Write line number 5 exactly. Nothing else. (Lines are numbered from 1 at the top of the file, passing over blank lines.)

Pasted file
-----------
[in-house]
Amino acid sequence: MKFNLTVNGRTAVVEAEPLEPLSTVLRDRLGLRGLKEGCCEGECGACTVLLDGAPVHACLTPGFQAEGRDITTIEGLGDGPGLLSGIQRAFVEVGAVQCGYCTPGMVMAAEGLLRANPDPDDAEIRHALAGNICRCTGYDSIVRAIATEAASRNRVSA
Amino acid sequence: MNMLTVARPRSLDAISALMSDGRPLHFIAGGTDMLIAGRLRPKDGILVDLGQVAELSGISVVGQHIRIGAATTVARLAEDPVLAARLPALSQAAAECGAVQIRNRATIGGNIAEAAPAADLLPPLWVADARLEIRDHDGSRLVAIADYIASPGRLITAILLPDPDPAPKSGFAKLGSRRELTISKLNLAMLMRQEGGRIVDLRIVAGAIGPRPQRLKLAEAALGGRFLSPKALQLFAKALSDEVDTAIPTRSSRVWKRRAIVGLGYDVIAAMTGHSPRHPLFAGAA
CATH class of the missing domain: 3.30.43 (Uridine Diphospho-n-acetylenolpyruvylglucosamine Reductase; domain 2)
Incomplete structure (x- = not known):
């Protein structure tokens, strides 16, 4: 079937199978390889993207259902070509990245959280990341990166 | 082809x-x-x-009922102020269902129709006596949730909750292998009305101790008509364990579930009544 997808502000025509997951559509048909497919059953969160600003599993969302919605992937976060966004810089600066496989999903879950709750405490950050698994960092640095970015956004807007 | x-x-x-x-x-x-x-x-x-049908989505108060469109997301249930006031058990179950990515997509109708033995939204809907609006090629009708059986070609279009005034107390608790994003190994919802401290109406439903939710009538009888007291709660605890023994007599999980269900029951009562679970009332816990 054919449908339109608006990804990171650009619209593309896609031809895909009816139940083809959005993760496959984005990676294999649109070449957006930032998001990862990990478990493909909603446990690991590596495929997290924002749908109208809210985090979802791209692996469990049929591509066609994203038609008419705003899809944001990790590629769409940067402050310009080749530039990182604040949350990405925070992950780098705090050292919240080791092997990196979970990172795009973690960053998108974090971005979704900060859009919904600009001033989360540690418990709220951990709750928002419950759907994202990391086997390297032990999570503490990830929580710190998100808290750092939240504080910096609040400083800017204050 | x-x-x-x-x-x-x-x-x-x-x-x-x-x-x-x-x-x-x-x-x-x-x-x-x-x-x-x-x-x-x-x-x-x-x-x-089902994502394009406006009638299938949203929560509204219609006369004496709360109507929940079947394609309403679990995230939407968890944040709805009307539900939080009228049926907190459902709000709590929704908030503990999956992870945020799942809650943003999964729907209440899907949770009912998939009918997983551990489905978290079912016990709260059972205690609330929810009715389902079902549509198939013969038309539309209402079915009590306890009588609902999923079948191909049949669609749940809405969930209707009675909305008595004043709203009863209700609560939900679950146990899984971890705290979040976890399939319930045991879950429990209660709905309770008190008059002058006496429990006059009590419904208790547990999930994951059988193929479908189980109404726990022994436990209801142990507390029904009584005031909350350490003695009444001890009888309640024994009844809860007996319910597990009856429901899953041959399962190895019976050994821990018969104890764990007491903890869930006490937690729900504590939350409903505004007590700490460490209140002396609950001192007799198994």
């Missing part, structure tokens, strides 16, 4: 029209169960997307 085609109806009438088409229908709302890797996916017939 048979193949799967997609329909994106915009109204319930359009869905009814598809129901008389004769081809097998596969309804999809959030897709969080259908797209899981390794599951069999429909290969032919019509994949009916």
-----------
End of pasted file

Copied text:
Incomplete structure (x- = not known):